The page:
Researchers have engineered strands of RNA that can link amino acids together, suggesting a way in which RNA and proteins may have emerged together to form the earliest forms of life.
RNA has long been considered a key molecule in the primordial soup that was Earth a few billion years ago because it can not only store genetic information but also act as an enzyme—two key functions needed for the development of life as we know it. it. But whether RNA-based life really existed, what it looked like, and how it evolved into today’s DNA, RNA, and protein-based organisms remained open questions.
A study published yesterday (May 11) in Nature now points to the possibility that RNAs may have played a role in building early proteins by simply stringing amino acids together. Thomas Carell, an organic chemist at Ludwig Maximilian University in Munich, Germany, and his colleagues created synthetic RNA molecules that could produce peptides as long as 15 amino acids.
Involved in the study. Georgia Tech biophysical chemist Loren Williams, who was also not involved in the research, adds: “If the origins of RNA and the origins of proteins are connected and their origin is not independent, then the math shifts radically in favor of the RNA – protein world and away from the RNA world.”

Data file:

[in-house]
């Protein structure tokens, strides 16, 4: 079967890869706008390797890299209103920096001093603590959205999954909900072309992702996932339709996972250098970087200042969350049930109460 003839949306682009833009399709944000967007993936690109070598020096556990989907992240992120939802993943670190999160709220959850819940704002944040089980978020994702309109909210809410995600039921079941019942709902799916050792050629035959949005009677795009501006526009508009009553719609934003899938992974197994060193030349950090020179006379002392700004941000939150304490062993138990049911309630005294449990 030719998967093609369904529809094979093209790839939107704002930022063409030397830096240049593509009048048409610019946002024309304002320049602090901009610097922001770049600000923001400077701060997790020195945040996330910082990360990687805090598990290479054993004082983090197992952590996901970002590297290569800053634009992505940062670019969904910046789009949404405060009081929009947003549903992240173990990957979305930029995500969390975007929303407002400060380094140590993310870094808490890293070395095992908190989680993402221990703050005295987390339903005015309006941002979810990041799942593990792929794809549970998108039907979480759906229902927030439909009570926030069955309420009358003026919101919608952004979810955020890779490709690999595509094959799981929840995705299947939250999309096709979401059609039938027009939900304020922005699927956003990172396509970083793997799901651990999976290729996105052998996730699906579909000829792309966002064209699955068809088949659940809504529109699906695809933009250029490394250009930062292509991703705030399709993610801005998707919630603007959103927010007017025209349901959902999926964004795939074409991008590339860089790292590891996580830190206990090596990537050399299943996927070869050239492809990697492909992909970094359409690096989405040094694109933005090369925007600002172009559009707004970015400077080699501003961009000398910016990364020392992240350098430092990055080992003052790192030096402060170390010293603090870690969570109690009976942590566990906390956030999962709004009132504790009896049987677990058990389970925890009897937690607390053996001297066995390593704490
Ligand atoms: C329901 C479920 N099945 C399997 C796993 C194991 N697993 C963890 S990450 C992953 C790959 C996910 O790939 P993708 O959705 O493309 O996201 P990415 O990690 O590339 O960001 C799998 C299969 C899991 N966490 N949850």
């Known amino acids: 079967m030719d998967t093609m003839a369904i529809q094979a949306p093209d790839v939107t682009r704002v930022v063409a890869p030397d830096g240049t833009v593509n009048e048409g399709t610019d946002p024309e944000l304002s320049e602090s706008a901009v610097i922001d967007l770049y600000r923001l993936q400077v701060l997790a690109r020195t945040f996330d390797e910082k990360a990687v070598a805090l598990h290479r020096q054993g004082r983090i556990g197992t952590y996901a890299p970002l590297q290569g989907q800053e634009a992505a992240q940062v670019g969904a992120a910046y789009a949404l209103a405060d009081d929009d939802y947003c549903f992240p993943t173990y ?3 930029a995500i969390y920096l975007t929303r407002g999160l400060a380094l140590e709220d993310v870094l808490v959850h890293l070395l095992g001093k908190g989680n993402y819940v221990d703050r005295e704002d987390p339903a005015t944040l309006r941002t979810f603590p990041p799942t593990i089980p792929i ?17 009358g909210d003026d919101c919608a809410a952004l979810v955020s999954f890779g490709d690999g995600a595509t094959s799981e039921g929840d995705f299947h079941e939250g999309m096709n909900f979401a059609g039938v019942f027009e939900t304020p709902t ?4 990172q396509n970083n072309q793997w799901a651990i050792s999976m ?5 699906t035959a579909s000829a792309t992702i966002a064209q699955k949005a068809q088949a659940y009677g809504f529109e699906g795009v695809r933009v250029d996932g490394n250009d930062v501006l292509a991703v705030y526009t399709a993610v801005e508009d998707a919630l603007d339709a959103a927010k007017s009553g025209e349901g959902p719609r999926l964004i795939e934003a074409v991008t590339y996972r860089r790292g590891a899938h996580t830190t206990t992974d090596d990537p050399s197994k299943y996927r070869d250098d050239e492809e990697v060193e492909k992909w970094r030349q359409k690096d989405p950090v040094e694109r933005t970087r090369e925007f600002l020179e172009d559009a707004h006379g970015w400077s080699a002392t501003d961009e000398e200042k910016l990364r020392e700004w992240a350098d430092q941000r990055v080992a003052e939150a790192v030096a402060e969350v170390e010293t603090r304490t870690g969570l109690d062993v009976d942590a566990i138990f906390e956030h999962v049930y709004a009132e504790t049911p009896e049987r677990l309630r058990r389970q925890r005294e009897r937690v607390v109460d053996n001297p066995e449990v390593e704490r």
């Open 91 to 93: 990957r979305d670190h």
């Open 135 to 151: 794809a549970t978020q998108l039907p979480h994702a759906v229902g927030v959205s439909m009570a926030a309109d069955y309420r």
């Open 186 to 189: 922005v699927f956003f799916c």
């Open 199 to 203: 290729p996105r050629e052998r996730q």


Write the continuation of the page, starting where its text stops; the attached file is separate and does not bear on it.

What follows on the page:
The researchers engineered RNA molecules to include two modified nucleosides found in ribosomes, enzymes made from RNA, and proteins that synthesize proteins from RNA transcripts. According to Nature , scientists considered these unusual or non-canonical bases to be traces of the components of the ancient primordial broth from which life emerged. The fact that RNAs containing several of these nucleosides were able to bind amino acids and join them together to form peptides “is a very exciting finding,” Martin tells Nature, “not only because it maps a new pathway to an RNA-based peptide.” formation, but because it also reveals new evolutionary significance for naturally occurring modified RNA bases.”
The idea that RNA and peptides may have interacted in the early days of life on Earth provides one way life could have initially evolved without ribosomes. This is useful because ribosomes are complex structures whose origins are largely unclear, Claudia Bonfio, a life chemist at the University of Strasbourg who was not involved in the work, tells Science. “It’s an important advance.”
However, many questions still remain, including when and how ancient RNA molecules may have begun to encode the peptides they help create. Carell tells Nature that it is possible that certain RNAs fold in such a way that they bind specific amino acids in the basic form of genetic coding. Additionally, he adds, if these RNA-peptide hybrid molecules could replicate themselves, they could evolve to become more efficient. “If a molecule can replicate itself, you have something like a mini organism.”